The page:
A newly discovered inscription on an ancient ivory comb would be the first example of a sentence written using an alphabet that would eventually evolve into the set of 26 letters you are translating into words right now.
The fine-toothed instrument was unearthed several years ago in Tel Lachish, an ancient Canaanite city in the foothills of central Israel, but scientists only recently noticed that the instrument was engraved with 17 lowercase letters .
Together, the barely discernable marks form seven distinct words, “ytš ḥṭ ḏ lqml śʿ[r w]zqt”, which roughly translates to “May this defense extirpate the lice from the hai[r and the] beard”.
The message of hope, believed to have been written around 1700 BCE, is the first reliable phrase archaeologists have found in a Canaanite dialect.
This is a big deal because the Canaanite script (aka the Phoenician alphabet) is the earliest known example of an alphabet, one that would be adapted and adopted by cultures around the world.
Most modern alphabets now derive from these ancient and original letters, including Arabic, Greek, Hebrew, Latin, and Russian.
While the pictographs that form the basis of modern Chinese writing date back approximately 5,000 years, the system of stems and symbols that make up its characters do not necessarily contribute to the phonetic foundation of words in quite the same way.
And while there are many other examples of isolated letters representing this early Canaanite script, none have been strung together into something legible and meaningful.
“It’s the first phrase found in the Canaanite language in Israel,” says archaeologist Yosef Garfinkel of the Hebrew University of Jerusalem in Israel.
“There are Canaanites in Ugarit in Syria, but they write in a different script, not the alphabet which is used until today… The comb inscription is direct evidence of the use of the alphabet in daily activities around 3,700 years ago. It is a landmark in the history of the human ability to write.”
The comb itself is made from elephant tusk ivory and is only 3.66 centimeters (1.4 inches) long and 2.51 centimeters (1 inch) wide.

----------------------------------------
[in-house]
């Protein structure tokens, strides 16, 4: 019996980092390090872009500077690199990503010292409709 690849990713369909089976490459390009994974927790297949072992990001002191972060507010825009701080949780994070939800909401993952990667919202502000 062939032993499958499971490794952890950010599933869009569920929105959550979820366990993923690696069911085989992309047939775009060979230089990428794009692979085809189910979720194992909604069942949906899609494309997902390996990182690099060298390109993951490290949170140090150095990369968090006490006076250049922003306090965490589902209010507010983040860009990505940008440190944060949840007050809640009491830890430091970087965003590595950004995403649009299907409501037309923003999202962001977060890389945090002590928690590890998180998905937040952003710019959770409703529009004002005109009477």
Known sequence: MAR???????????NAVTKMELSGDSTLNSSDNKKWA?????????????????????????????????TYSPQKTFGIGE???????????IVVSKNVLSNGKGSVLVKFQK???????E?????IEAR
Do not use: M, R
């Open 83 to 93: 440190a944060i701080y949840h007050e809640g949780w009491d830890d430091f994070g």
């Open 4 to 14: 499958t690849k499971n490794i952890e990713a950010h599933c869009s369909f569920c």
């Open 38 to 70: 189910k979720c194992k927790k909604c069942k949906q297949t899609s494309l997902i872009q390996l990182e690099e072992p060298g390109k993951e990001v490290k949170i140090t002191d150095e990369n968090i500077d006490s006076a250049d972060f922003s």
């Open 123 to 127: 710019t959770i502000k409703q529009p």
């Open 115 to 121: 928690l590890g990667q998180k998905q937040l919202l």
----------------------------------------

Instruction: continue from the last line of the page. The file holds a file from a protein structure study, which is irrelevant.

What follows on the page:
The shallow inscription on its body is even smaller. Some letters do not exceed one millimeter. Others have disappeared to the point where they are virtually unreadable, making them difficult to interpret without their neighbors for context.
One side of the comb contains the remains of six large teeth, probably for brushing hair, while the other side shows the remains of 14 fine teeth, most likely for removing lice and their eggs.
On the thinner side of the comb, a tooth was actually discovered to contain the hard exterior of a head louse from a long, long time ago (below). It’s not the oldest evidence of head lice ever found – some samples found in human hair date back at least 10,000 years – but it does suggest that even wealthy Canaanites were irritated by these creepy critters.
The ivory used to make the comb was most likely imported from elephants in Egypt, suggesting that the material was intended for someone wealthy enough to afford foreign luxuries. The results suggest that head lice afflict even the wealthy classes of ancient Jerusalem – so much so that a special comb has been made for their eradication.
Spells and hexes have previously been found written in the Canaanite alphabet, but most curses are directed at humans, and other Canaanite inscriptions found on a jar at the same archaeological site date back to 1200 or 1400 BCE.
Other examples of curses and hexagons written in Canaanite letters have been found adorning later artifacts dating between 1200 and 1400 BCE. In fact, similar enchanting inscriptions were found on a jar from the same dig site as the comb, also dated to a more recent period.
The inscription on the comb is thrown at a humble parasite and was probably written many centuries earlier than the other examples.
Radiometric dating of the ancient comb ultimately fell through, but based on other artifacts previously found in the same area, researchers suspect the tool was inscribed in the Bronze Age, around 3,700 A.D. year.
And judging by the style of the archaic letters, experts believe the actual words were written in “the very early development of the alphabet”, shortly after the creation of the Canaanite alphabet.
Once humans had a written language, it didn’t take long for us to start hexing just about anything that bothered us.
The study was published in the Jerusalem Archeology Journal.